• The company says it is issuing the convertible debt ‘to capitalise on the strong momentum from our investment programme, the Company will continue to invest heavily and prioritise market share over adjusted EBITDA, as also set out in the Q4 2020 Trading Update. The Company believes that a stronger balance sheet provides additional financial flexibility to act on strategic opportunities that may arise.’
• There is a degree of IPO froth about. Dr Marten’s is now listed and Moonpig commences trading today. Deliveroo will be coming shortly. The business models need scrutiny and some of these valuations look rather stretched.
• ASOS is not taking any physical Topshop, Topman or Miss Selfridge stores.
• Suffolk brewer St Peter’s has been bought by a group of private investors for an undisclosed sum.
• Chop’d has been acquired by Inc Retail, for an undisclosed sum.
• French company Chefclub has raided $17m in funding.
• Online retailers are reported to be facing a cardboard shortage.
• Up to £500m of Scotch whisky export sales may have been lost because of the trade dispute with the US reports the Scotch Whisky Association.
• Heineken has taken full control of Brixton Brewery. The latter says ‘to realise our original vision of helping thirsty people everywhere get a taste of Brixton, we’re today announcing that, following a successful three years’ working with the global brewers, Heineken, we are expanding this partnership in a deal that will see Heineken fully acquire Brixton Brewery.’
HOTELS & LEISURE TRAVEL:
• Ryanair is forecasting “a strong return” for European beach holidays this summer. That is a shade optimistic. CEO Michael O’Leary talks of “pent up demand”. He says ‘we think once all those high risk groups – the elderly, the NHS, nursing homes – have been vaccinated then the travel restrictions should be removed, particularly on short haul intra-European travel.’
• Boris Johnson says he is “optimistic” for the summer holiday season. He cautions ‘I understand the reasons for being optimistic – but some things have got to go right for us. The vaccine programme has got to continue to be successful.’
• ABTA says consumers seem prepared to accept vouchers rather than cash for cancelled holidays. Perhaps not happy, though.
• Business travel body, the GBTA’s, latest poll says 69 per cent of European business travel professionals see domestic travel as still suspended (up 7 per cent on the previous poll).
• Gfinity has updated on trading. CEO John Clarke says ‘the positive results in the last quarter of the 2020 calendar year demonstrates that the strategy we have implemented is starting to deliver. We recorded the first quarter of adjusted EBITDA profitability in the Company’s history, a significant milestone.’ He adds ‘whilst we are confident as to the prospects for the Company, we will continue to ensure Gfinity can navigate any potential challenges created by the current situation. We are well positioned to reap the rewards of being a leading player in one of the most exciting industry sectors in the world. The team is working hard and smartly to build value for shareholders. The fundamentals are strong and the foundations are now in place to enter a period of solid growth.’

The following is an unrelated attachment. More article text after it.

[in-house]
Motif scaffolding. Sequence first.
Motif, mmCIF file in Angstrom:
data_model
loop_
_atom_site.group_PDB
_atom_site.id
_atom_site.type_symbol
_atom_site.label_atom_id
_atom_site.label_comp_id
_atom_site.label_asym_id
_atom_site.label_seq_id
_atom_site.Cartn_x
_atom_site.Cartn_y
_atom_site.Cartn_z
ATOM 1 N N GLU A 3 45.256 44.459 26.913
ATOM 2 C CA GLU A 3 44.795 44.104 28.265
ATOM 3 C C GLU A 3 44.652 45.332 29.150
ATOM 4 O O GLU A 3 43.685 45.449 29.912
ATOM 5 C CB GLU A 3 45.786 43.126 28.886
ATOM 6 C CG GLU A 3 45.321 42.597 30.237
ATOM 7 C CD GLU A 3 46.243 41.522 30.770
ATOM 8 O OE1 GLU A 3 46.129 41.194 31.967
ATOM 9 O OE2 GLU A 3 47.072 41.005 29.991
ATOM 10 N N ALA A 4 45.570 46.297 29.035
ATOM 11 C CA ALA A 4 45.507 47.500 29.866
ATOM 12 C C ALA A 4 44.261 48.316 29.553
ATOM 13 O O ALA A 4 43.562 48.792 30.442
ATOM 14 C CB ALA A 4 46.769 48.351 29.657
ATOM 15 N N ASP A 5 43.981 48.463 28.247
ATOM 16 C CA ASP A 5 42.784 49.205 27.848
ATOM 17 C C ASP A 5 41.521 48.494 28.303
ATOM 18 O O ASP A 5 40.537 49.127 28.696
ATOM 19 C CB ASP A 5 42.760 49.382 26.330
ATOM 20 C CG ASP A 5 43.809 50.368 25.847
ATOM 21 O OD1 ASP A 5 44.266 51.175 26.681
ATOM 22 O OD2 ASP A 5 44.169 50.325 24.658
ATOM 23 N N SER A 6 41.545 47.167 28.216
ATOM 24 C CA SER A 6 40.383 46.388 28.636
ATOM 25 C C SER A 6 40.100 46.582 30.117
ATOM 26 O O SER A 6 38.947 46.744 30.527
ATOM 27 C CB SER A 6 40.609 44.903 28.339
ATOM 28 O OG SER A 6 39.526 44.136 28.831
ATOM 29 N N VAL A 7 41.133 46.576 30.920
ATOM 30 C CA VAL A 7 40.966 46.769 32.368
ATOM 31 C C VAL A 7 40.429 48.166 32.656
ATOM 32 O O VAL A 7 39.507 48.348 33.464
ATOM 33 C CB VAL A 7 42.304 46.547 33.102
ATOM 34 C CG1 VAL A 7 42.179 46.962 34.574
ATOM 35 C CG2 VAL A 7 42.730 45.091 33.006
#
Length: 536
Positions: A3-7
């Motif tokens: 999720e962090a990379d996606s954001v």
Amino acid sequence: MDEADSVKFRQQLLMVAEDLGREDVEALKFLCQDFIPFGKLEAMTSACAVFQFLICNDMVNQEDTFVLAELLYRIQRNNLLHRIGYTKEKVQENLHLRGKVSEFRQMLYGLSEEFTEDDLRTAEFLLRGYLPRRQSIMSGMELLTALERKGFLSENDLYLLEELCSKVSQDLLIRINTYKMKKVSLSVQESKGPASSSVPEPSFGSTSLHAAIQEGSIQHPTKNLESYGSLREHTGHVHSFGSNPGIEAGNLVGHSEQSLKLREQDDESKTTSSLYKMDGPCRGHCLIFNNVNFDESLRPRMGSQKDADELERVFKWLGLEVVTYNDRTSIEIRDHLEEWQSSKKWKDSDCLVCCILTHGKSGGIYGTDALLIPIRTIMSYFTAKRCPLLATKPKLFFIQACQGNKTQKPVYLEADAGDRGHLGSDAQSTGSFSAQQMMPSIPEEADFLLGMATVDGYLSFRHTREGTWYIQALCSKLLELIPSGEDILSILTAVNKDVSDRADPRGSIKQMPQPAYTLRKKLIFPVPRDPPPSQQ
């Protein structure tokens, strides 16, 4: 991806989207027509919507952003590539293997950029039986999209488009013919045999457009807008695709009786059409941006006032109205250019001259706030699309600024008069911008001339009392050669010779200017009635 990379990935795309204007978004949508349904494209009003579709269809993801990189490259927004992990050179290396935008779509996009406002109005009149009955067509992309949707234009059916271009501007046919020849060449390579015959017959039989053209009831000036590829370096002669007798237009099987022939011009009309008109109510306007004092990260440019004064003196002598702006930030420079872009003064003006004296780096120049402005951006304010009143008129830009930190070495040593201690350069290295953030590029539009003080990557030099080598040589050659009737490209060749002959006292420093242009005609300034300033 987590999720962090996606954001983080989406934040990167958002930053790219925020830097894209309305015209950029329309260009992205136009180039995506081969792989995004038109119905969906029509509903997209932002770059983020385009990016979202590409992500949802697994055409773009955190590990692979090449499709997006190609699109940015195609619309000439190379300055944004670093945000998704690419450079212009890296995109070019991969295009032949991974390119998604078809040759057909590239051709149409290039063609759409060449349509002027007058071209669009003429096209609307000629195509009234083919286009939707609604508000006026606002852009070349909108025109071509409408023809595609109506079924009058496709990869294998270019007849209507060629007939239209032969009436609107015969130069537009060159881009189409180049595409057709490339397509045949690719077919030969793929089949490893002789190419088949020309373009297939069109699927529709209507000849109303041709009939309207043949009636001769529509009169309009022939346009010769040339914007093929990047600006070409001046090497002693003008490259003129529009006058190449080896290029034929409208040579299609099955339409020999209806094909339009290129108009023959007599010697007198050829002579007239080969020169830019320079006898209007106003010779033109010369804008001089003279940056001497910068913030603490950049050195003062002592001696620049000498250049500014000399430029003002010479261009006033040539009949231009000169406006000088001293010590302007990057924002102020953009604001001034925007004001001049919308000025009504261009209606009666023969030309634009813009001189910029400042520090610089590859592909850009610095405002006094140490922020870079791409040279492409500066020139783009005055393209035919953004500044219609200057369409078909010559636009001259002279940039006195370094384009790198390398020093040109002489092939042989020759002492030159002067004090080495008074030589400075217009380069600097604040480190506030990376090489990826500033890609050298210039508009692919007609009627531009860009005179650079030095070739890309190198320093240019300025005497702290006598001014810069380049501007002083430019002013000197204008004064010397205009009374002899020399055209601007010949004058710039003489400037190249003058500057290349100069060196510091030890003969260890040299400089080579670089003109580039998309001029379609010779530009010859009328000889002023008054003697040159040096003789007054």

• Sales of Nintendo’s Switch gaming consoles have now beaten those for the earlier 3DS.
• Sky reports CVC Capital is to strike a $300m deal with volleyball’s governing body to expand the appeal of the sport.
FINANCE & MARKETS:
• IHS Markit’s January PMI for the UK manufacturing sector reports that there was a fall to 54.1 from 57.5 in December. It says ‘output growth eased and new orders fell slightly as producers faced weaker inflows of new export work and temporary supply-chain disruptions caused by COVID-19 restrictions and transport delays (especially at ports) following the end of the Brexit transition period.’
• Markit says ‘whereas many countries are seeing manufacturers provide a much-needed support to economic growth as the service sector is hit by COVID-19, the UK’s manufacturing sector has come close to stalling.’ It blames ‘a mixture of harsher COVID-19 restrictions and Brexit led…supply-chain disruptions.’
• The much larger services PMI is today.
• The Bank of England has suggested that cutting official interest rates below zero would not boost the economy.
• Sterling mixed in light of dollar strength. Down vs dollar at $1.3682 but up vs Euro at €1.1332. Oil higher at $56.89. UK 10yr gilt yield up 3bps at 0.32%. World markets better yesterday & London set to open around 28pts higher.
RETAIL WITH NICK BUBB:
Today’s News: There is still no more news on the mooted JD Sports share placing, even though the shares rallied strongly yesterday on the back of the latest US acquisition, but the food delivery giant Just Eat has announced that it has easily raised Eur 1.1bn overnight on convertible bonds, “for general corporate purposes, as well as to provide the company with financial flexibility to act on strategic opportunities which may arise”. And the Online retailer Moonpig has confirmed that it has priced its shares at the top end of the previously indicated range of 310p to 350p, capitalising the business at c£1.2bn, with first dealings starting at 8am (via the ticker MOON): Nickyl Raithatha, the CEO of Moonpig, says: “As the leaders of a market undergoing an accelerating shift to online, now is the perfect time for us to bring the company to the public market, and we are excited about
This Week’s News: As we move on into February, there is not much Retail company news scheduled this week, but the Amazon Q4 results in the US are out after hours tonight and Watches of Switzerland issue a Q3 update on Thursday. First dealings in the Moonpig IPO start today (see above) and unconditional dealings in Dr Martens start tomorrow. In terms of the Economic outlook, the MPC meeting interest rate/QE news at mid-day on Thursday will be worth keeping an eye on.